3.2 miles, 179ft gain/1400ft loss. Thankfully, the new Garmin GPS is still working, and the cool thing about it, and the free software that you can download, record ALL of your ups and downs during a hike, and gives you the stats in a graph, so you know exactly how much elevation gain and loss was truly registered, over all the changes, so the elevation changes may be slightly different than what is noted on other websites, as it’s no longer a matter of noting the elevation at the trailhead, and subtracting from the high point. Very cool!
It’s an easy, gradual downhill to the trailhead, and within an hour and a half, we’re at the car, unloading gear.
All in all, it was a good trip except for the few little hic-ups we encountered, like needing reservations, and the water filter problem. However, the amount of sweat equity that’s needed to see upper Lena Lake, makes this a location I’ll probably never venture to again, as there just isn’t that much to see unless you camp at the upper lake for a few days and go exploring to the nearby peaks. And, don’t forget to reserve ahead of time your camp at the Upper Lake!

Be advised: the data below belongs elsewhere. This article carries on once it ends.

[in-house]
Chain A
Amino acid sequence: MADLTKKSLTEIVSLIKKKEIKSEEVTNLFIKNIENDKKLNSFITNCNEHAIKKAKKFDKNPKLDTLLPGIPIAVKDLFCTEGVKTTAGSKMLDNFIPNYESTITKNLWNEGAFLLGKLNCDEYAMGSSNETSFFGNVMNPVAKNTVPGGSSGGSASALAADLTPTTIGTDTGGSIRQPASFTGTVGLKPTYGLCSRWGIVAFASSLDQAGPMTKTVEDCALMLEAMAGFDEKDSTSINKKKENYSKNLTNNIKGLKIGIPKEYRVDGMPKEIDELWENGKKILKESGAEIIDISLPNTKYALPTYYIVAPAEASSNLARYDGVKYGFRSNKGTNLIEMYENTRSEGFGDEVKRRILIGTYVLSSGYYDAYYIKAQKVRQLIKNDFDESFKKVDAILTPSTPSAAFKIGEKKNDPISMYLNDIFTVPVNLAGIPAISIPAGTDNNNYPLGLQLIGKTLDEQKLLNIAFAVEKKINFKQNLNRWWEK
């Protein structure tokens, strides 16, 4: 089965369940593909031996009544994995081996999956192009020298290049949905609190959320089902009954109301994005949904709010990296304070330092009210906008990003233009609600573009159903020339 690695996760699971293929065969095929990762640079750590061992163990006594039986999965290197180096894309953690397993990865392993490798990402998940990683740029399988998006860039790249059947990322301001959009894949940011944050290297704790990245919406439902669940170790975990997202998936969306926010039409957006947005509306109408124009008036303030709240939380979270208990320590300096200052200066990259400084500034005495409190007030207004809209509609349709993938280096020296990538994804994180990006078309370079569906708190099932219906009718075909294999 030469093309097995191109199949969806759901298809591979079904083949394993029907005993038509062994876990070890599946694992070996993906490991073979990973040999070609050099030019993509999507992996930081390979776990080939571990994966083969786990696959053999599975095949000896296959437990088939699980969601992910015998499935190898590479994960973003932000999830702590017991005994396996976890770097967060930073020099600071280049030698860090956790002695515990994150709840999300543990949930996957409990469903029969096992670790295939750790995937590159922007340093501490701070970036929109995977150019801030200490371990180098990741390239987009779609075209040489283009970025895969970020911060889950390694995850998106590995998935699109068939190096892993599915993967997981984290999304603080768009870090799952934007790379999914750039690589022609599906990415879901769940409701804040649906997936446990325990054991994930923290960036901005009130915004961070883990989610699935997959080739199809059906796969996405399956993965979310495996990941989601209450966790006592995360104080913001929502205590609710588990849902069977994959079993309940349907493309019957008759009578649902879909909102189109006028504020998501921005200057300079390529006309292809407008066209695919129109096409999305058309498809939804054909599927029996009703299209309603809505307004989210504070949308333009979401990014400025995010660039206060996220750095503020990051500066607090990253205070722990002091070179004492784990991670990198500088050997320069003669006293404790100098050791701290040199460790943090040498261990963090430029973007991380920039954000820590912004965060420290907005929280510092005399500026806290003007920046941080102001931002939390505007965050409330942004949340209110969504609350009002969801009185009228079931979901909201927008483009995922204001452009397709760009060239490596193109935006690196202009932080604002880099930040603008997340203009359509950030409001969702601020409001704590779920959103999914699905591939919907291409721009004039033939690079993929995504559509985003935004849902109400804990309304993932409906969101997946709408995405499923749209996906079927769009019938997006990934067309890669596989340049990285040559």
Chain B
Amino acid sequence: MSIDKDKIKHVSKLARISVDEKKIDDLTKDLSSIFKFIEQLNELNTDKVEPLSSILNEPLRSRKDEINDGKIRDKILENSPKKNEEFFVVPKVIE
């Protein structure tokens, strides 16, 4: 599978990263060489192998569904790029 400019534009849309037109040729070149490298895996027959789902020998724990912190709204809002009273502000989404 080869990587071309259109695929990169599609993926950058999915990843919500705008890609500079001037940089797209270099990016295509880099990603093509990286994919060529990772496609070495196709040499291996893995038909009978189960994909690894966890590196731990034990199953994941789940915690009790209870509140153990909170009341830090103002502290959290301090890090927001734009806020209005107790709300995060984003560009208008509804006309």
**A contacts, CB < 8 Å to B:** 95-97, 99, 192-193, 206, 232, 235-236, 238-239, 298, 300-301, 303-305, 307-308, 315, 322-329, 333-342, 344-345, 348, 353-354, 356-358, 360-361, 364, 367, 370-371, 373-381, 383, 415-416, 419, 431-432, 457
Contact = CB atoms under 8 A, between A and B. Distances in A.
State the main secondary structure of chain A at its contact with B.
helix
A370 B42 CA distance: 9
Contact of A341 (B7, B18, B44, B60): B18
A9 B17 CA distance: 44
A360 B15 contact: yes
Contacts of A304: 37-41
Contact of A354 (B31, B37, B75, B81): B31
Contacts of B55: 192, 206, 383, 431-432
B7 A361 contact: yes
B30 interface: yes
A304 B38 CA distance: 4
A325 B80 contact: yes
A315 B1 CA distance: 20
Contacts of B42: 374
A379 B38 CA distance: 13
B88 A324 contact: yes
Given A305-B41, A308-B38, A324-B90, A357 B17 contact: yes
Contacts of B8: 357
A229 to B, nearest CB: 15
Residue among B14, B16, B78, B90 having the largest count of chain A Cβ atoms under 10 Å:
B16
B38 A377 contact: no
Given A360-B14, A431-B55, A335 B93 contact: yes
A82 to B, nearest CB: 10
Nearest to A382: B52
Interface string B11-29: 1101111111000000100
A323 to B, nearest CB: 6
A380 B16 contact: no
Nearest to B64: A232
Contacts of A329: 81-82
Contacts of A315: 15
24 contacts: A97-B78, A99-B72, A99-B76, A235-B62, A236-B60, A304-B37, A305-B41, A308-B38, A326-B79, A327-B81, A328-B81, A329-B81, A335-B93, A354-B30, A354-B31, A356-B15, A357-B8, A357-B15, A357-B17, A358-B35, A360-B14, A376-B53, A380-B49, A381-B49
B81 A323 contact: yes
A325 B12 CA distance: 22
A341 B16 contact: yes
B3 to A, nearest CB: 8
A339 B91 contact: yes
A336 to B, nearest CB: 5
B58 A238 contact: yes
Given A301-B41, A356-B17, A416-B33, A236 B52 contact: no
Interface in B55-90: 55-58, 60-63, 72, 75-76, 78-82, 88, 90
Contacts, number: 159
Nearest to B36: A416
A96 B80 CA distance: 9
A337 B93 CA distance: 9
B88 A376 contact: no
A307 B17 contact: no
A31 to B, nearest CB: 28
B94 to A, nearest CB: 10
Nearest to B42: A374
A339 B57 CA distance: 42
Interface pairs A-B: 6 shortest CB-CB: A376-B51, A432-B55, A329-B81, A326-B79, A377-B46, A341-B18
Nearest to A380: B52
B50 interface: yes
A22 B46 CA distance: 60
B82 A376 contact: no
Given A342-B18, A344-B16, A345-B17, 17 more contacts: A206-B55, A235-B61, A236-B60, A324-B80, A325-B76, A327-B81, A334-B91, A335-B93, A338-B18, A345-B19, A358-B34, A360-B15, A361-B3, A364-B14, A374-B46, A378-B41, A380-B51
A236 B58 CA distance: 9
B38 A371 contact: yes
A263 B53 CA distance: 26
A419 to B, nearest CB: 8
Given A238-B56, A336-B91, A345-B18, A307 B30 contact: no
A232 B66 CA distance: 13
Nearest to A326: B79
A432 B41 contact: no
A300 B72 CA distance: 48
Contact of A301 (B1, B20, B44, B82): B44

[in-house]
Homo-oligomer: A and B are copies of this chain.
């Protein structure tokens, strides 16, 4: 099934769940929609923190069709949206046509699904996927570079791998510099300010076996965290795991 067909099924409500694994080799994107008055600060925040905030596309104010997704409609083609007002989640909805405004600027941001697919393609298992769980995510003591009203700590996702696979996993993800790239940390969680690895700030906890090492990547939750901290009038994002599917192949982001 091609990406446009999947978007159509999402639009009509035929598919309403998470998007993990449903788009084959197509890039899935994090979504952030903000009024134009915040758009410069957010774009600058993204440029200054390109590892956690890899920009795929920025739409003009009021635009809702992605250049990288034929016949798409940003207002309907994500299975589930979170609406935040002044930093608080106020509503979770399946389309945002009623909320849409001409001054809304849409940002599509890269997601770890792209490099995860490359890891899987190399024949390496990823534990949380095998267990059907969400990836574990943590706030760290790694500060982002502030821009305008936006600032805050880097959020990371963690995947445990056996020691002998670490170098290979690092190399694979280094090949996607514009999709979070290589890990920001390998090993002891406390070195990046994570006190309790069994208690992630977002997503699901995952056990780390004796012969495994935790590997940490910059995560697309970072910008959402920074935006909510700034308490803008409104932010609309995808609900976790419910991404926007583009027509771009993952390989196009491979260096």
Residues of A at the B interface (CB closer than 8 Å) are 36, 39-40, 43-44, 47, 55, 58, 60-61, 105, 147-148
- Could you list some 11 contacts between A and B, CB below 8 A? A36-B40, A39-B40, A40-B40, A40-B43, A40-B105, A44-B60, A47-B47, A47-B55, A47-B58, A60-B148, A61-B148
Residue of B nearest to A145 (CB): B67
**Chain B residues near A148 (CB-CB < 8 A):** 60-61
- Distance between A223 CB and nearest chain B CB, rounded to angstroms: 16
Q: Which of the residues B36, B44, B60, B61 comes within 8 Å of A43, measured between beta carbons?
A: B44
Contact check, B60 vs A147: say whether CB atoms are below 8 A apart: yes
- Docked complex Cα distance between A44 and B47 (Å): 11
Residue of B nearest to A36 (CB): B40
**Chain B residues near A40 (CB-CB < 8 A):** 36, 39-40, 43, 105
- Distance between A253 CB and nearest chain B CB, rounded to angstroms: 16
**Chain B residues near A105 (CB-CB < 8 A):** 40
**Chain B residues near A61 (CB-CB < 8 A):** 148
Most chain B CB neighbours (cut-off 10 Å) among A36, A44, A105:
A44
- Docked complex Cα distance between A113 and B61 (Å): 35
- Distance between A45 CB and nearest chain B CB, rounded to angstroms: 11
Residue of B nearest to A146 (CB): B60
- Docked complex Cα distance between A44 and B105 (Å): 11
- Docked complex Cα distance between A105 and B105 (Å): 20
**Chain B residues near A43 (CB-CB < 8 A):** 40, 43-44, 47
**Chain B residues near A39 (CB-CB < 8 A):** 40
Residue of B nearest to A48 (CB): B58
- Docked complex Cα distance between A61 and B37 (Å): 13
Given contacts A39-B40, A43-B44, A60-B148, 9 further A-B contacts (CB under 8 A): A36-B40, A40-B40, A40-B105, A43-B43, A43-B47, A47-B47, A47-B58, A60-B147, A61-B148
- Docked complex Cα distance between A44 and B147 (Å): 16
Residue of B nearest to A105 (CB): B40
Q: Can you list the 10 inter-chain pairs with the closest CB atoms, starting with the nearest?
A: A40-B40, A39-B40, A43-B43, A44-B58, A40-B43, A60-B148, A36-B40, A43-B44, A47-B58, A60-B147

From May to September, you will need to get a reservation, as this is a quota area in the Olympic National Park, up to 30 days in advance. For more info, go to http://www.nps.gov/olym/planyourvisit/upload/WildernessMap.pdf and you will see that Upper Lena Lake is a wilderness camp, permits limited area. Going to the WIC, or Wilderness Information Center site, you can contact the ranger station for reservations, at http://www.nps.gov/olym/planyourvisit/wilderness-permits.htm
If you click on the “see if reservations are required” link, you will notice that Upper Lena Lake is NOT listed, which can be confusing, but trust me, reservations are required! If in doubt, be sure and call the WIC for the latest info.
As of 2013, the NPS has updated their site, so the confusion factor that we faced on this trip has been alleviated…Thanks, Park Service!